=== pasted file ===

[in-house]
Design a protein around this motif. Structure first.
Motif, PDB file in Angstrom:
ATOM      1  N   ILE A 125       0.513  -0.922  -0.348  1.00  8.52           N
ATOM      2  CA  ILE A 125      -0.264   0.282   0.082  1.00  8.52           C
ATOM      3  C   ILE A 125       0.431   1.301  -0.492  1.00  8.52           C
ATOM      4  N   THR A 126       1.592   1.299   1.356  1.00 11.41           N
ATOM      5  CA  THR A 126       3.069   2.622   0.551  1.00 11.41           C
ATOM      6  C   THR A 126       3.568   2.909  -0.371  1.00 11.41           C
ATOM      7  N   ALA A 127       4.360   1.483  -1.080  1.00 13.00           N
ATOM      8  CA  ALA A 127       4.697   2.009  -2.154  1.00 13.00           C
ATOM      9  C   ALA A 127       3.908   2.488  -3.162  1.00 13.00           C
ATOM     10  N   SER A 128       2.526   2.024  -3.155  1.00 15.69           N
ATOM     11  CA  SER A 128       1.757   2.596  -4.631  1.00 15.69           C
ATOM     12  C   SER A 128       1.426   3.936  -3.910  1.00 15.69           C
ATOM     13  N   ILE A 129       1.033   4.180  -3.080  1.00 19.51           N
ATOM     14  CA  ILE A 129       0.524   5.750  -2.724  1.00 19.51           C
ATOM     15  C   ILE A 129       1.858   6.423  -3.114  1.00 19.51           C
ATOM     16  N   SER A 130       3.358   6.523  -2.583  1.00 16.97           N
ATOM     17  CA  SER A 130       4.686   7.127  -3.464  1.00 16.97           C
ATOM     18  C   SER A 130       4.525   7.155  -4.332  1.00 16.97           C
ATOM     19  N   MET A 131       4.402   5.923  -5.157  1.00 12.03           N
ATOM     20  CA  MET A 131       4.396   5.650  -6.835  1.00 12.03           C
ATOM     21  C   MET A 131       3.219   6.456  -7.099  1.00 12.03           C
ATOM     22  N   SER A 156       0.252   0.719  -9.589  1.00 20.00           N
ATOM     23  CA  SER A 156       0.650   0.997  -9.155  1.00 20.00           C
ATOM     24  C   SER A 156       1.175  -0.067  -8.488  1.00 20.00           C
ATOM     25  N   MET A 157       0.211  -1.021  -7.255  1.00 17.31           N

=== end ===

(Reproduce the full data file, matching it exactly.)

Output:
[in-house]
Design a protein around this motif. Structure first.
Motif, PDB file in Angstrom:
ATOM      1  N   ILE A 125       0.513  -0.922  -0.348  1.00  8.52           N
ATOM      2  CA  ILE A 125      -0.264   0.282   0.082  1.00  8.52           C
ATOM      3  C   ILE A 125       0.431   1.301  -0.492  1.00  8.52           C
ATOM      4  N   THR A 126       1.592   1.299   1.356  1.00 11.41           N
ATOM      5  CA  THR A 126       3.069   2.622   0.551  1.00 11.41           C
ATOM      6  C   THR A 126       3.568   2.909  -0.371  1.00 11.41           C
ATOM      7  N   ALA A 127       4.360   1.483  -1.080  1.00 13.00           N
ATOM      8  CA  ALA A 127       4.697   2.009  -2.154  1.00 13.00           C
ATOM      9  C   ALA A 127       3.908   2.488  -3.162  1.00 13.00           C
ATOM     10  N   SER A 128       2.526   2.024  -3.155  1.00 15.69           N
ATOM     11  CA  SER A 128       1.757   2.596  -4.631  1.00 15.69           C
ATOM     12  C   SER A 128       1.426   3.936  -3.910  1.00 15.69           C
ATOM     13  N   ILE A 129       1.033   4.180  -3.080  1.00 19.51           N
ATOM     14  CA  ILE A 129       0.524   5.750  -2.724  1.00 19.51           C
ATOM     15  C   ILE A 129       1.858   6.423  -3.114  1.00 19.51           C
ATOM     16  N   SER A 130       3.358   6.523  -2.583  1.00 16.97           N
ATOM     17  CA  SER A 130       4.686   7.127  -3.464  1.00 16.97           C
ATOM     18  C   SER A 130       4.525   7.155  -4.332  1.00 16.97           C
ATOM     19  N   MET A 131       4.402   5.923  -5.157  1.00 12.03           N
ATOM     20  CA  MET A 131       4.396   5.650  -6.835  1.00 12.03           C
ATOM     21  C   MET A 131       3.219   6.456  -7.099  1.00 12.03           C
ATOM     22  N   SER A 156       0.252   0.719  -9.589  1.00 20.00           N
ATOM     23  CA  SER A 156       0.650   0.997  -9.155  1.00 20.00           C
ATOM     24  C   SER A 156       1.175  -0.067  -8.488  1.00 20.00           C
ATOM     25  N   MET A 157       0.211  -1.021  -7.255  1.00 17.31           N